Now, we discuss the other case, that is, the warped product submanifold M=Nθ×fN⊥ of a nearly cosymplectic manifold M¯. In this case also, if the structure vector filed ξ∈TN⊥ then the warping function f is constant (by Theorem 3.1), thus we consider ξ∈TNθ.

Proposition 3.6.

Let M=Nθ×fN⊥ be a warped product pseudo-slant submanifold of a nearly cosymplectic manifold M¯. Then,
(3.36)g((∇¯XF)Z,FX)+g((∇¯PXF)Z,FPX)=sin2θg(h(X,PX),FZ)+(1+cos2θ)g(PXZ,PX)-cos2θη(X)g(PξZ,PX)-g(QZX,FX)-g(QZPX,FPX)
for any X∈TNθ and Z∈TN⊥, where Nθ and N⊥ are proper slant and anti-invariant submanifolds of M¯, respectively.

Proof.

For any X∈TNθ and Z∈TN⊥, by (2.2) we have
(3.37)g(ϕ∇¯XZ,ϕX)=g(∇¯XZ,X)-η(X)g(∇¯XZ,ξ).
Using the property of the connection ∇¯ and the fact that ξ is a Killing vector field, then, from (2.5), we obtain
(3.38)g(ϕ∇¯XZ,ϕX)=g(∇XZ,X).
Thus by (3.2) and the covariant derivative formula of ϕ, we derive
(3.39)g(∇¯XϕZ,ϕX)-g((∇¯Xϕ)Z,ϕX)=(Xlnf)g(Z,X).
Then form (2.6), (2.8), (2.10), and by the orthogonality of two distributions, we get
(3.40)-g(AFZX,PX)+g(∇X⊥FZ,FX)-g(PXZ,PX)-g(QXZ,FX)=0.
Thus, on using (2.7) and (2.17)(b), the above equation takes the form
(3.41)g(∇X⊥FZ,FX)=g(h(X,PX),FZ)+g(PXZ,PX)-g(QZX,FX).
Now, for any X∈TNθ and Z∈TN⊥ from (2.14), we have
(3.42)g(∇X⊥FZ,FX)=g((∇¯XF)Z,FX)+g(F∇XZ,FX).
Using (3.2), we obtain
(3.43)g(∇X⊥FZ,FX)=g((∇¯XF)Z,FX)+(Xlnf)g(FZ,FX).
By orthogonality of two normal distributions, we get
(3.44)g(∇X⊥FZ,FX)=g((∇¯XF)Z,FX).
Then, from (3.41) and (3.44), we obtain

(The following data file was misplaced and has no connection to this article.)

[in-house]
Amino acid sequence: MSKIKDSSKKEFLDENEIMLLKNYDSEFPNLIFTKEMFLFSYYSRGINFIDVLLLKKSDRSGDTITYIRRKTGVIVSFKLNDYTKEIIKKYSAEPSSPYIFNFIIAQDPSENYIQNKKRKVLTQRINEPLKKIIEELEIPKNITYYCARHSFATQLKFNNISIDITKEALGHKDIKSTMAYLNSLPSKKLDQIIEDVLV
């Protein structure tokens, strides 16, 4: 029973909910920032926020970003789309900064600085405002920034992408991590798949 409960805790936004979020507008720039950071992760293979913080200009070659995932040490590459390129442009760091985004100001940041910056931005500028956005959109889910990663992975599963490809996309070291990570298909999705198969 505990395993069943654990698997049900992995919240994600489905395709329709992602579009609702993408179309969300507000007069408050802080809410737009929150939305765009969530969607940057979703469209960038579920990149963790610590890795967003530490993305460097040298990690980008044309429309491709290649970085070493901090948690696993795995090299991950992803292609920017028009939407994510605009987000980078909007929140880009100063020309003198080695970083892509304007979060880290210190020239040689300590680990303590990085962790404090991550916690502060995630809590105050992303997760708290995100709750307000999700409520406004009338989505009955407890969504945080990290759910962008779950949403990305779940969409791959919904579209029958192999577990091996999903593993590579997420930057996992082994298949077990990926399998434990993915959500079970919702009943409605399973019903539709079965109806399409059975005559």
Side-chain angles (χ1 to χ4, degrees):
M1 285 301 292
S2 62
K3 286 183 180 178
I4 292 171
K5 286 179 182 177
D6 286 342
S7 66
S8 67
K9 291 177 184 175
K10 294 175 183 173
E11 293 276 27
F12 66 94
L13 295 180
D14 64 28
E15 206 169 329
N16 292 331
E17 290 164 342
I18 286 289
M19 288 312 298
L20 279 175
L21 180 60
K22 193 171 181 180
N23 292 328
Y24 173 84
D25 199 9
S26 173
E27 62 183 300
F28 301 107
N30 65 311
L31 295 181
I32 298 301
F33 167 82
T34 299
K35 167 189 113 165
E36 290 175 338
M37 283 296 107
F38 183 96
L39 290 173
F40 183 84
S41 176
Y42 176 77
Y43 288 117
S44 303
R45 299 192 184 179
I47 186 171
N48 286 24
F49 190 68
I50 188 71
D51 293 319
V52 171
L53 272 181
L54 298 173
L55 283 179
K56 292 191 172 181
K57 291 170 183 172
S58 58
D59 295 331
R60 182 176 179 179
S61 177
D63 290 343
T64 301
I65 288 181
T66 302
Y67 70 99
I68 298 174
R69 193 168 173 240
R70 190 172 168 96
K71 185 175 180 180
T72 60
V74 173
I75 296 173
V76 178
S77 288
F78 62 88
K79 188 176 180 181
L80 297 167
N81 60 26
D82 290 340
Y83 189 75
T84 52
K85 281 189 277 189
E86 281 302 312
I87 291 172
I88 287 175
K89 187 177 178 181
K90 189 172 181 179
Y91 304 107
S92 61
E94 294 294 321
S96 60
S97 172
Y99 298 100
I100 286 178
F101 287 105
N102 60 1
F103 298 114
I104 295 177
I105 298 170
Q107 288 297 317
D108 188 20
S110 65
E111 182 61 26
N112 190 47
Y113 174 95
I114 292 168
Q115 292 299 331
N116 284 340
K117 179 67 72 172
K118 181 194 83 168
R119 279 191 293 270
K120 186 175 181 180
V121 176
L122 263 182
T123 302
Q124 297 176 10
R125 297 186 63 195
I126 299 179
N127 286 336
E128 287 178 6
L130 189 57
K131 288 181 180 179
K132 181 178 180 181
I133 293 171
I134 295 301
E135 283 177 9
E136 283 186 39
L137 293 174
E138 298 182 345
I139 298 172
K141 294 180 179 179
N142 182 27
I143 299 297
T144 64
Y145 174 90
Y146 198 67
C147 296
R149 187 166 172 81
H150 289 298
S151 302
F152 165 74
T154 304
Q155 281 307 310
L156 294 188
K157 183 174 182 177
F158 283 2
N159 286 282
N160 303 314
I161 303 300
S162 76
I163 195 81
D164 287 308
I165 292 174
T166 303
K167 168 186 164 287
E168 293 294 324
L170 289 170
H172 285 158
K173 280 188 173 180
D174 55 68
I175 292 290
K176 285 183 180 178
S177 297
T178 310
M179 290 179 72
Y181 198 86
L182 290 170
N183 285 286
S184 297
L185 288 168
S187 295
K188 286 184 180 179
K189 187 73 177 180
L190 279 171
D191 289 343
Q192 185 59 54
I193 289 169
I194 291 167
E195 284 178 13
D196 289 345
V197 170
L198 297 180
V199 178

(3.45)g((∇¯XF)Z,FX)=g(h(X,PX),FZ)+g(PXZ,PX)-g(QZX,FX).
Interchanging X by PX in (3.45) and using (2.18) and the fact that h(X,ξ)=0, for any X on a nearly cosymplectic manifold M¯, hence we get
(3.46)g((∇¯PXF)Z,FPX)=-cos2θg(h(X,PX),FZ)-cos2θg(PPXZ,X)+cos2θη(X)g(PPXZ,ξ)-g(QZPX,FPX).
Using property (p3)(i) and (2.17), we derive
(3.47)g((∇¯PXF)Z,FPX)=-cos2θg(h(X,PX),FZ)-cos2θg(PXPX,Z)+cos2θη(X)g(PξPX,Z)-g(QZPX,FPX).
Again, by property (p3)(i), we obtain
(3.48)g((∇¯PXF)Z,FPX)=-cos2θg(h(X,PX),FZ)+cos2θg(PXZ,PX)-cos2θη(X)g(PξZ,PX)-g(QZPX,FPX).
Thus, the result follows from (3.45) and (3.48).

Theorem 3.7.

Let M=Nθ×fN⊥ be a warped product submanifold of a nearly cosymplectic manifold M¯. Then M is Riemannian product of Nθ and N⊥ if and only if
(3.49)g(h(X,Z),FZ)=g(h(Z,Z),FX),
for any X∈TNθ and Z∈TN⊥, where Nθ and N⊥ are proper slant and anti-invariant submanifolds of M¯, respectively.

Proof.

If ξ∈TN⊥, then by Theorem 3.1, f is constant on M. Now, we consider ξ∈TNθ. In this case, for any X∈TNθ and Z∈TN⊥ by (2.5), we have
(3.50)g(h(PX,Z),FZ)=g(∇¯ZPX,ϕZ).
Using (2.2), we get
(3.51)g(h(PX,Z),FZ)=-g(ϕ∇¯ZPX,Z).
Thus, on using the covariant derivative property of ϕ, we obtain
(3.52)g(h(PX,Z),FZ)=g((∇¯Zϕ)PX,Z)-g(∇¯ZϕPX,Z).
Then from (2.8) and (2.10), we get
(3.53)g(h(PX,Z),FZ)=g(PZPX,Z)-g(∇¯ZP2X,Z)-g(∇¯ZFPX,Z).
Using property (p3)(i) and the property of the connection ∇¯, we derive
(3.54)g(h(PX,Z),FZ)=-g(PZZ,PX)+g(P2X,∇ZZ)+g(FPX∇¯ZZ).
As we have 𝒫ZZ=0 from (2.4) and (2.10), then by (2.18) the above equation reduced to
(3.55)g(h(PX,Z),FZ)=-cos2θg(X,∇¯ZZ)+cos2θη(X)g(ξ,∇¯ZZ)+g(h(Z,Z),FPX).
Since ξ is a Killing vector field on M¯, then by (2.5), (3.2), and the property of the connection ∇¯, the above equation takes the form
(3.56)g(h(PX,Z),FZ)=(Xlnf)cos2θ‖Z‖2+g(h(Z,Z),FPX).
Interchanging X by PX in (3.56) and using (2.18), we obtain
(3.57)cos2θg(h(X,Z),FZ)+cos2θη(X)g(h(Z,ξ),FZ)=-(PXlnf)cos2θ‖Z‖2+cos2θg(h(Z,Z),FX).
Since h(Z,ξ)=0, for nearly cosymplectic, then the above equation reduces to
(3.58)(PXlnf)‖Z‖2=g(h(Z,Z),FX)-g(h(X,Z),FZ).
Thus, from (3.58), we obtain (PXlnf)=0 if and only if g(h(Z,Z),FX)=g(h(X,Z),FZ). This proves the theorem completely.